As of July 1, Ontario is implementing the Moving Ontarians More Safely Act–the MOMS Act–which includes stricter penalties for stunt driving, as well as heightened measures for commercial-truck safety, protection for cyclists and road workers and more oversight on the towing industry. Officials say that truck safety will improve with new enforcement tools for commercial drivers who are behind the wheel longer than the permitted number of hours.

The new Towing and Storage Safety and Enforcement Act will set standards for consumer protection and roadside behaviour, and penalties for non-compliance; require tow operators and vehicle storage operators to be certified under the new act and meet the requirements.

The MOMS Act will also target those with a need for speed. When driving in an 80 km/h zone, travelling 40 km/h over that limit will catch you a stunt driving charge. Formerly, you’d need to be travelling 50 km/h over before getting hit with the fine.

The penalty for stunt driving and street racing used to be a seven-day licence suspension and seven-day vehicle impoundment. That now rises to a roadside 30-day licence suspension, and your vehicle’s in the pound for 14 days.

The MOMS Act aims to protect road workers on emergency scenes or construction sites as MTO (Ministry of Transportation) enforcement officers are now allowed to close a road if necessary, for an emergency. Automated control devices, known as automated flaggers, can be used in construction sites, so workers don’t have to stand in the road and stop traffic. The act will also introduce cameras on the sides of streetcars to catch drivers illegally passing.


Horns and shouts could be heard in Sydney, Nova Scotia one warm summer night in June; but it wasn’t a parade or a celebration, it was over a dozen tow truck operators–and they weren’t picking up cars.

Tow truck operators were protesting the proposed by-law they say would make them pay more to operate in the Cape Breton Regional Municipality (CBRM).

The operators, honking their horns in unity, say that this bylaw would include an annual fee, driver accreditation and a flat rate that could cost the consumer more. Stephen Jamael, the owner of Jamael’s Towing in Sydney says tow truck operators already pay these fees to the Nova Scotia Government.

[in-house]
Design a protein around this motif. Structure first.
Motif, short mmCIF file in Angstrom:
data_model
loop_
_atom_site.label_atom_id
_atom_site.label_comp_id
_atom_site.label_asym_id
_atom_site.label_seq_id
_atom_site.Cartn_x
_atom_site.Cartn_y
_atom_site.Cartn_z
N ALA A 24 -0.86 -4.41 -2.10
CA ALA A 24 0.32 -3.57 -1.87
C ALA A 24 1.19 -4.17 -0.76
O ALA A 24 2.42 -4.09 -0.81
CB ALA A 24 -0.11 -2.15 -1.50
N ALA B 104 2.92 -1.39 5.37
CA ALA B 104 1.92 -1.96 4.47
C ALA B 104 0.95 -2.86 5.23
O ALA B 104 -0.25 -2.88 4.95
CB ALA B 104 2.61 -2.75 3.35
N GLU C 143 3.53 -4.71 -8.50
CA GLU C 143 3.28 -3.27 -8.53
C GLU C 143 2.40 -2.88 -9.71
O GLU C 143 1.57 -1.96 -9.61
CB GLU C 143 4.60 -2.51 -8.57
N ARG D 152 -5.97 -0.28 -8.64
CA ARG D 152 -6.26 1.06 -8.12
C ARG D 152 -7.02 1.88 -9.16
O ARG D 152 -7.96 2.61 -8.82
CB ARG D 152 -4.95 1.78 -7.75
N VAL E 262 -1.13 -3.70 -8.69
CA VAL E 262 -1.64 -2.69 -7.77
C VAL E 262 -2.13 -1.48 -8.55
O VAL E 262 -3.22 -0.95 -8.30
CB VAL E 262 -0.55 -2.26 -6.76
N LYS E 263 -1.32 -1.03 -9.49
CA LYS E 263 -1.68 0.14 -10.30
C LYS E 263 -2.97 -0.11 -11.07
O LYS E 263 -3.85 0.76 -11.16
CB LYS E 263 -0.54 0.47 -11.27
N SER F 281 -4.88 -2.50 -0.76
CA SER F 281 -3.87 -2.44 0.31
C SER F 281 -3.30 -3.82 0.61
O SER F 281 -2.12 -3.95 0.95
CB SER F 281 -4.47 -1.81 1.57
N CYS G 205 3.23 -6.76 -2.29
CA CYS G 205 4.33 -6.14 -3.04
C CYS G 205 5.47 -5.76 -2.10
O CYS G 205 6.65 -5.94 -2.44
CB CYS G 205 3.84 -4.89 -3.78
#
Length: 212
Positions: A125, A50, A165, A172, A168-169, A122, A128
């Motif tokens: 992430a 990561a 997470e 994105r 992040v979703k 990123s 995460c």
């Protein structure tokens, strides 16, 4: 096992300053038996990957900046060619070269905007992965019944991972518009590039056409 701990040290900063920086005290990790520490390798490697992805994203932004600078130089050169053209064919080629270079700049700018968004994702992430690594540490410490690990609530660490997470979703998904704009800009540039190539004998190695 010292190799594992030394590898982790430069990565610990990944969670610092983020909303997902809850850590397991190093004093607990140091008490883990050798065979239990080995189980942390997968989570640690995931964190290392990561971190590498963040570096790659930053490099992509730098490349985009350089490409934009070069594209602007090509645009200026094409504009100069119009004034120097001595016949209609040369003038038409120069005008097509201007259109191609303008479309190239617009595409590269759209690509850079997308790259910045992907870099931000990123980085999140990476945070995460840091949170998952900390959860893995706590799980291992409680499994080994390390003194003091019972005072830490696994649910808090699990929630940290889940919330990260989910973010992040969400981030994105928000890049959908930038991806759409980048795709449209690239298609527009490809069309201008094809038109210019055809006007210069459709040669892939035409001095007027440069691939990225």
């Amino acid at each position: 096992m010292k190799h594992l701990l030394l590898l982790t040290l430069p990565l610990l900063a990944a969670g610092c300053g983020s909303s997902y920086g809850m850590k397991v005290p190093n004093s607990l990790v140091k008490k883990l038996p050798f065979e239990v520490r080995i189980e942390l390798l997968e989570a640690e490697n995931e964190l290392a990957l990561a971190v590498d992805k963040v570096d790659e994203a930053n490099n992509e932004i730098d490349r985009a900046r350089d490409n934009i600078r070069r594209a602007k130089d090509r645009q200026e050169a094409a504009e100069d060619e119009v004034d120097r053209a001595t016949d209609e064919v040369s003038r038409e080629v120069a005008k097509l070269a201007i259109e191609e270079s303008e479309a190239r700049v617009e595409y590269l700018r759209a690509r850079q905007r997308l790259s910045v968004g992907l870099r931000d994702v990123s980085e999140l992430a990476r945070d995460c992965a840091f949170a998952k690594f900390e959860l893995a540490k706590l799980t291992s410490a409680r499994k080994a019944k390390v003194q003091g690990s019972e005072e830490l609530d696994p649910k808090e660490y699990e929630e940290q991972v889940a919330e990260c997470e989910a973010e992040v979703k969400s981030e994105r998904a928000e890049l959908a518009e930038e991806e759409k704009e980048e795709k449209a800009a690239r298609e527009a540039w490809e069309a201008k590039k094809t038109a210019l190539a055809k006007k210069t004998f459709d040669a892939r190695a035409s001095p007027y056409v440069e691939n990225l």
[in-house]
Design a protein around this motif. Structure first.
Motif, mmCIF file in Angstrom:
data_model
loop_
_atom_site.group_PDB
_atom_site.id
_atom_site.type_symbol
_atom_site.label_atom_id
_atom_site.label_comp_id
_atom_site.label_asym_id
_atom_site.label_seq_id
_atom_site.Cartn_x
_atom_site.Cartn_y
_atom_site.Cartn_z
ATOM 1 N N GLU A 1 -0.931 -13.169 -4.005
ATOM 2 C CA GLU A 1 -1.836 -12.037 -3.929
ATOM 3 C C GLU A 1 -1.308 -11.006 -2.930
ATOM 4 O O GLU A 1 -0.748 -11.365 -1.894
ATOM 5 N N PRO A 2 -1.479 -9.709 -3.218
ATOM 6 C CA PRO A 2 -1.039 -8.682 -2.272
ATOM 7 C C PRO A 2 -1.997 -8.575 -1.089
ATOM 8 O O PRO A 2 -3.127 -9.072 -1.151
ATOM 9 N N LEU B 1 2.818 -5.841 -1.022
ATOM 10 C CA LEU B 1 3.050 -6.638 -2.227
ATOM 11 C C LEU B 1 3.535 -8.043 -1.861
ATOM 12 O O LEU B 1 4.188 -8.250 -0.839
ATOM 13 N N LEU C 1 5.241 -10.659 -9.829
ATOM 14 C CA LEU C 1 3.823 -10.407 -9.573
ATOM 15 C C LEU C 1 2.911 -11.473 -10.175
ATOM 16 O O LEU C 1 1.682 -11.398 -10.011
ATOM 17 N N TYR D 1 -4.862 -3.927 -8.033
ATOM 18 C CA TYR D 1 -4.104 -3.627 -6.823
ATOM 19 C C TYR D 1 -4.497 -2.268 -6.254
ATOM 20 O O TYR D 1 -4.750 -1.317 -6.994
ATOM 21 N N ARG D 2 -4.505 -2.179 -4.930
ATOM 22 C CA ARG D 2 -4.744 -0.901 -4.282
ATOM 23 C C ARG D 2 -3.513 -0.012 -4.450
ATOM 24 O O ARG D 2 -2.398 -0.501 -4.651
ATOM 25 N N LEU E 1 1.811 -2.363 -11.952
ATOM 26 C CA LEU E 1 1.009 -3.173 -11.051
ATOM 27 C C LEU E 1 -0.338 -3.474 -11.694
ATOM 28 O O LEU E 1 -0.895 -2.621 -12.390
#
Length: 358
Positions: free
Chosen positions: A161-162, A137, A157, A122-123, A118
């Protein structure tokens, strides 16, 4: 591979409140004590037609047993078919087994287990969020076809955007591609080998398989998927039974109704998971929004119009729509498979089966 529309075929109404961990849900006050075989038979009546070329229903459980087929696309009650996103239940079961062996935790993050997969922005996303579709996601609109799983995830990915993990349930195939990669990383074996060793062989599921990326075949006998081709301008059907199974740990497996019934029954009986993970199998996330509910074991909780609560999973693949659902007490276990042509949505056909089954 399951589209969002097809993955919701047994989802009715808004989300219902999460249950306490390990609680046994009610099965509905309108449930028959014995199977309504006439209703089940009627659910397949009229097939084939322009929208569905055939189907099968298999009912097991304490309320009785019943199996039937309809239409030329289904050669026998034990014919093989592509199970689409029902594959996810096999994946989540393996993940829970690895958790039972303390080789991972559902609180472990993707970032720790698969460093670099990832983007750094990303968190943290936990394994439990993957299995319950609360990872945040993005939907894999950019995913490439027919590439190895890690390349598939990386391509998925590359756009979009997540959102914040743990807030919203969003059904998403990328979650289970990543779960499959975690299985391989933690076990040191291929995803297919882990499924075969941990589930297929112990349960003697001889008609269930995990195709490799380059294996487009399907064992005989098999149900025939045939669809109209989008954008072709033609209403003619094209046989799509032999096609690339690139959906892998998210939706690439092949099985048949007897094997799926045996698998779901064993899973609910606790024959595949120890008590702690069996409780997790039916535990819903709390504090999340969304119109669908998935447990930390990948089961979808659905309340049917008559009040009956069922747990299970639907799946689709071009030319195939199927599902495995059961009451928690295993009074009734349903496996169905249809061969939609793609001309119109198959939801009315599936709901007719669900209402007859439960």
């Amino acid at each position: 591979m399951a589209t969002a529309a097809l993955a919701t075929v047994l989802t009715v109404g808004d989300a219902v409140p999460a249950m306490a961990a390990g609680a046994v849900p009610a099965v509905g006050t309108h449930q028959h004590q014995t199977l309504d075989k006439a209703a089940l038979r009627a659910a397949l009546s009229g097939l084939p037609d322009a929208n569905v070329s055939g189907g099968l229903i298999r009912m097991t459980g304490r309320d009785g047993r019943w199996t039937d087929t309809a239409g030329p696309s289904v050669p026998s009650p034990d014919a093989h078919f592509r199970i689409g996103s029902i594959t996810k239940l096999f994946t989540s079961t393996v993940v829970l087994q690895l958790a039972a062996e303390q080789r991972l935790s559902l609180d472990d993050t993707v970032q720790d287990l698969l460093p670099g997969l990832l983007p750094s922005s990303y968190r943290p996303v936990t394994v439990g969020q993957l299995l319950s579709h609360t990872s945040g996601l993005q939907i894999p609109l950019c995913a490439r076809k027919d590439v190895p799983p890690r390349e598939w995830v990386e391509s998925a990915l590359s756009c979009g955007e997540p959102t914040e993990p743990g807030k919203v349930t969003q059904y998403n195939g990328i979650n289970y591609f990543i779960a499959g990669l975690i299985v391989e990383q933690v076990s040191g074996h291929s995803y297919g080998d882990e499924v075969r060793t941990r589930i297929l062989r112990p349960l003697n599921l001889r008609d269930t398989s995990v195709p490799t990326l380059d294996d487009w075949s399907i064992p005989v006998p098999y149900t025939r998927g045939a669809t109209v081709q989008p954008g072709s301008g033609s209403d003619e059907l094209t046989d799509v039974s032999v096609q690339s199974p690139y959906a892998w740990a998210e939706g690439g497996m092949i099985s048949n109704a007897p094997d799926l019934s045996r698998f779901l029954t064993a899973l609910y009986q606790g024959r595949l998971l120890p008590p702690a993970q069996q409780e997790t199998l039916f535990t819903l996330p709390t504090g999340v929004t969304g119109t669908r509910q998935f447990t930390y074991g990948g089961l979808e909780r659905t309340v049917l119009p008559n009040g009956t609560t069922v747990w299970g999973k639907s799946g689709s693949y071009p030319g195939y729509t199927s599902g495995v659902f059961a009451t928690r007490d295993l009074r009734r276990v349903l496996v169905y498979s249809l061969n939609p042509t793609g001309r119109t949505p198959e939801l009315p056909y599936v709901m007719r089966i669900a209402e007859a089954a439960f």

“Doing quick math, if you have 10 tow trucks, the new cost per truck is the better part of a thousand dollars, so if you have 10 trucks that’s 10 thousand dollars before you even turn your wheel,” says Frank Campbell, a tow truck operator.

Christina Lamey, the communications officer for the municipality says the by-law is to put more consistency into the cost of towing, seizure and impounding of vehicles, particularly after traffic accidents.

Tow truck operators feel they should have been consulted before these changes were proposed. They say comparing the CBRM to the way bigger cities operate and regulate towing companies is unfair to the small companies operating on the island.

“What is going to happen is all of the small tow companies, most of them are going to end up going bankrupt over this,” says Kim Withrow, a tow truck operator.

This new bylaw was on the agenda for Tuesday’s council meeting but has since changed. There is no clear doubt for when it will appear before council.


911 dispatchers in Montreal are about to get a lot busier. Montreal Police announced on Monday that motorists whose vehicles are blocking traffic on Montreal Island streets, due to mechanical issues or a collision, must call 911 to contact a tow truck.

The policy follows a 2017 city inspector general’s report on towing services in Montreal and is aimed at “standardizing towing operations in the agglomeration of Montreal and offering road users quality service with regulated rates,” according to a statement issued by the Montreal police department.

The new policy does not apply to motorists on provincial highways, or to private parking spots – *4141 still services those situations.


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